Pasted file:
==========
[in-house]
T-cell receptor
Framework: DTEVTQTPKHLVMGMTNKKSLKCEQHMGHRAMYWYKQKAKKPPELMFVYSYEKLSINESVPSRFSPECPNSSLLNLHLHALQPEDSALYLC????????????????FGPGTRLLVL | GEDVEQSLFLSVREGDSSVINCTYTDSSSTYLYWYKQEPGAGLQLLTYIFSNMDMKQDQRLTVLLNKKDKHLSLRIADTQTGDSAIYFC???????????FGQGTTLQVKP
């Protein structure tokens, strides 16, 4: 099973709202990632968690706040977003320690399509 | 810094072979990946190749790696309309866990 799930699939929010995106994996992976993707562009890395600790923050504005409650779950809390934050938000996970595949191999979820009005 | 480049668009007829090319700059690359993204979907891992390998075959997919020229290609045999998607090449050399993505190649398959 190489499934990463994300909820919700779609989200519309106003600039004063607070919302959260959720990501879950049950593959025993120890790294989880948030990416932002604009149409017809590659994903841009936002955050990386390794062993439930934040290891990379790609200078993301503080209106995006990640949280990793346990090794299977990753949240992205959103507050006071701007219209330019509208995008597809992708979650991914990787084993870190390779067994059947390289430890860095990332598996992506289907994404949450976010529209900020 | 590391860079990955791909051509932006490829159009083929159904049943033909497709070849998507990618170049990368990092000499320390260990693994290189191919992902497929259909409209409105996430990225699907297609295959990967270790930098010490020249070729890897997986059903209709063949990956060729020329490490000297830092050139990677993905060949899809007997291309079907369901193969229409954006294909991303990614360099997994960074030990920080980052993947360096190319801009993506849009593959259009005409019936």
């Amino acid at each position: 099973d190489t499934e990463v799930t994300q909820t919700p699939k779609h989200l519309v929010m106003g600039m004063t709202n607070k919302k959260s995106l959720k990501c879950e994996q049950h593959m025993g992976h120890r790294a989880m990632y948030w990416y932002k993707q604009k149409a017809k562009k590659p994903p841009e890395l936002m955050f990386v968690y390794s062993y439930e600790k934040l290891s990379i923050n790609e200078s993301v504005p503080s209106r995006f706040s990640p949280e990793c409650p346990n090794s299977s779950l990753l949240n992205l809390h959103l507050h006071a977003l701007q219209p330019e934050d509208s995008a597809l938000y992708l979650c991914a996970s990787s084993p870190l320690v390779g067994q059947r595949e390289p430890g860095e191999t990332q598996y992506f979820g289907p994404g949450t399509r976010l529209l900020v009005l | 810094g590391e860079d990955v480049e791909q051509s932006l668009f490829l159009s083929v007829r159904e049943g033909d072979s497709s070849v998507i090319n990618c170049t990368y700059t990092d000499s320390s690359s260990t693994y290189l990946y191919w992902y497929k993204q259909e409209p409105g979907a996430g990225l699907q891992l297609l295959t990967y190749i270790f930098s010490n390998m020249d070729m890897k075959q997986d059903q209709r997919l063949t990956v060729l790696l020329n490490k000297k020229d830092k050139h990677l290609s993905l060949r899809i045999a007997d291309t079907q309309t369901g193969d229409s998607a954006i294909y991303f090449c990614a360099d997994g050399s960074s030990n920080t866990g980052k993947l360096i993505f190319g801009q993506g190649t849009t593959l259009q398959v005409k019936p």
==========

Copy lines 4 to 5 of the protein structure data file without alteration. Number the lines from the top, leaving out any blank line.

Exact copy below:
């Protein structure tokens, strides 16, 4: 099973709202990632968690706040977003320690399509 | 810094072979990946190749790696309309866990 799930699939929010995106994996992976993707562009890395600790923050504005409650779950809390934050938000996970595949191999979820009005 | 480049668009007829090319700059690359993204979907891992390998075959997919020229290609045999998607090449050399993505190649398959 190489499934990463994300909820919700779609989200519309106003600039004063607070919302959260959720990501879950049950593959025993120890790294989880948030990416932002604009149409017809590659994903841009936002955050990386390794062993439930934040290891990379790609200078993301503080209106995006990640949280990793346990090794299977990753949240992205959103507050006071701007219209330019509208995008597809992708979650991914990787084993870190390779067994059947390289430890860095990332598996992506289907994404949450976010529209900020 | 590391860079990955791909051509932006490829159009083929159904049943033909497709070849998507990618170049990368990092000499320390260990693994290189191919992902497929259909409209409105996430990225699907297609295959990967270790930098010490020249070729890897997986059903209709063949990956060729020329490490000297830092050139990677993905060949899809007997291309079907369901193969229409954006294909991303990614360099997994960074030990920080980052993947360096190319801009993506849009593959259009005409019936």
């Amino acid at each position: 099973d190489t499934e990463v799930t994300q909820t919700p699939k779609h989200l519309v929010m106003g600039m004063t709202n607070k919302k959260s995106l959720k990501c879950e994996q049950h593959m025993g992976h120890r790294a989880m990632y948030w990416y932002k993707q604009k149409a017809k562009k590659p994903p841009e890395l936002m955050f990386v968690y390794s062993y439930e600790k934040l290891s990379i923050n790609e200078s993301v504005p503080s209106r995006f706040s990640p949280e990793c409650p346990n090794s299977s779950l990753l949240n992205l809390h959103l507050h006071a977003l701007q219209p330019e934050d509208s995008a597809l938000y992708l979650c991914a996970s990787s084993p870190l320690v390779g067994q059947r595949e390289p430890g860095e191999t990332q598996y992506f979820g289907p994404g949450t399509r976010l529209l900020v009005l | 810094g590391e860079d990955v480049e791909q051509s932006l668009f490829l159009s083929v007829r159904e049943g033909d072979s497709s070849v998507i090319n990618c170049t990368y700059t990092d000499s320390s690359s260990t693994y290189l990946y191919w992902y497929k993204q259909e409209p409105g979907a996430g990225l699907q891992l297609l295959t990967y190749i270790f930098s010490n390998m020249d070729m890897k075959q997986d059903q209709r997919l063949t990956v060729l790696l020329n490490k000297k020229d830092k050139h990677l290609s993905l060949r899809i045999a007997d291309t079907q309309t369901g193969d229409s998607a954006i294909y991303f090449c990614a360099d997994g050399s960074s030990n920080t866990g980052k993947l360096i993505f190319g801009q993506g190649t849009t593959l259009q398959v005409k019936p």